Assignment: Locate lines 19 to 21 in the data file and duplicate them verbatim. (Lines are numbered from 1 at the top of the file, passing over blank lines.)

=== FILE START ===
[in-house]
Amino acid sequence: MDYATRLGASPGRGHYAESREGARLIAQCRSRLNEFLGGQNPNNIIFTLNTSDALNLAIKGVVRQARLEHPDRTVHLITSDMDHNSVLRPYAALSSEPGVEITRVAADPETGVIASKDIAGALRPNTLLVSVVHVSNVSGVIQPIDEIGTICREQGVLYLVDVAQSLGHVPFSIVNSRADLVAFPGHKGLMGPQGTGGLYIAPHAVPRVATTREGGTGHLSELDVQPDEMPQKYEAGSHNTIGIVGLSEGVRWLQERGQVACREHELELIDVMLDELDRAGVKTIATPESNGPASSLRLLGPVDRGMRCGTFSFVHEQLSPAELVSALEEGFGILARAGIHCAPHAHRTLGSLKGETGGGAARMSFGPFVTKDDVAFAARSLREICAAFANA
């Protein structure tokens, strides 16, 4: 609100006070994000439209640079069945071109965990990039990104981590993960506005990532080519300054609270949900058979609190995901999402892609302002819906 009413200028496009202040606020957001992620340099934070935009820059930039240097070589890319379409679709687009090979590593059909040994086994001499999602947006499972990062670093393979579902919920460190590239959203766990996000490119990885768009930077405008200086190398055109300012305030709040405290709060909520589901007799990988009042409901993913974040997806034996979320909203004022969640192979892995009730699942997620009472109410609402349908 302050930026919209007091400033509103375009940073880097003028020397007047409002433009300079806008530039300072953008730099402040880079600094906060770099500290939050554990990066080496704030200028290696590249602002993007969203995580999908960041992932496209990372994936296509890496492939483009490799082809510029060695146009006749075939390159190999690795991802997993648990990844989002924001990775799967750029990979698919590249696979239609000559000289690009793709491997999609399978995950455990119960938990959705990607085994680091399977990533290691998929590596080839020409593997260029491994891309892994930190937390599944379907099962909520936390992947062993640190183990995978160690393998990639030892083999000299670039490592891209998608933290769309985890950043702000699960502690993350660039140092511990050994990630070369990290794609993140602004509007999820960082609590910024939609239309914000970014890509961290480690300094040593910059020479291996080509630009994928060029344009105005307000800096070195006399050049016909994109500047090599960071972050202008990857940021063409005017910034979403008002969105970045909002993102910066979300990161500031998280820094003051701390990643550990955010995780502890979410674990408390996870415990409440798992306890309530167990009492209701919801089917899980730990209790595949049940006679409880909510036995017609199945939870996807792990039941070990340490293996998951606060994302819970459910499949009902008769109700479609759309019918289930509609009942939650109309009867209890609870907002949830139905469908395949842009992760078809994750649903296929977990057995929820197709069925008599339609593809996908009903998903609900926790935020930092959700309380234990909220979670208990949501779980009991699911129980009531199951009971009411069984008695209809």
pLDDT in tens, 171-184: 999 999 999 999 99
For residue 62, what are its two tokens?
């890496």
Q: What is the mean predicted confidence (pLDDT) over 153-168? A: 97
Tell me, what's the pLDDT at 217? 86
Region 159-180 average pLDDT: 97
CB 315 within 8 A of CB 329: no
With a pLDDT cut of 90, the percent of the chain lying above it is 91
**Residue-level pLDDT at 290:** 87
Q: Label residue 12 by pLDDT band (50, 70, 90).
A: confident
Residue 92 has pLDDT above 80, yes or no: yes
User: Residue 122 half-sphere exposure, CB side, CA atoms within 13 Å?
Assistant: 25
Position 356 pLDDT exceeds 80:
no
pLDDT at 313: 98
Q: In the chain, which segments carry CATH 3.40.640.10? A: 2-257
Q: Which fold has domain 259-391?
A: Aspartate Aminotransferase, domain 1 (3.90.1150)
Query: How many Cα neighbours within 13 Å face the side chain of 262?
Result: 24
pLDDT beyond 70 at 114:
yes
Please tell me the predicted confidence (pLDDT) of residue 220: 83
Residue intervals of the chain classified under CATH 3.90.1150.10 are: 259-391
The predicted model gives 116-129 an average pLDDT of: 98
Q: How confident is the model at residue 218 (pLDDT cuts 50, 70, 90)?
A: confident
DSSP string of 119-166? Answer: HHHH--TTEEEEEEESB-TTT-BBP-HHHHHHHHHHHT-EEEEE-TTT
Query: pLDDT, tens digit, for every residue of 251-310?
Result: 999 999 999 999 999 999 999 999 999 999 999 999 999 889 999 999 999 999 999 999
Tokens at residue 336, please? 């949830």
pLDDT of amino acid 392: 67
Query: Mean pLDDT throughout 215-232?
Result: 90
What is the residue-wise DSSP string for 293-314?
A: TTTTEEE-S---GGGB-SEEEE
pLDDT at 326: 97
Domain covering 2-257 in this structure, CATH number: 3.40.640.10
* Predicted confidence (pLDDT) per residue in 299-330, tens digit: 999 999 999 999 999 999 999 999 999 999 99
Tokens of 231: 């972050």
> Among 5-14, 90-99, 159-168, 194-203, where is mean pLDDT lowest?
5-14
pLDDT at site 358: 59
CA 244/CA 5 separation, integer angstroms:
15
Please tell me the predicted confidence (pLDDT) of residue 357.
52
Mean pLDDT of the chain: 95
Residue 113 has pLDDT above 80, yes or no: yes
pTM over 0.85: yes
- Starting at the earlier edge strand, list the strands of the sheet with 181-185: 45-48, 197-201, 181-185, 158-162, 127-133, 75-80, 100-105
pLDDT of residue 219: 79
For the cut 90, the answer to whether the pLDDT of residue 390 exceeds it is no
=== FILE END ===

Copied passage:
no
pLDDT at 313: 98
Q: In the chain, which segments carry CATH 3.40.640.10? A: 2-257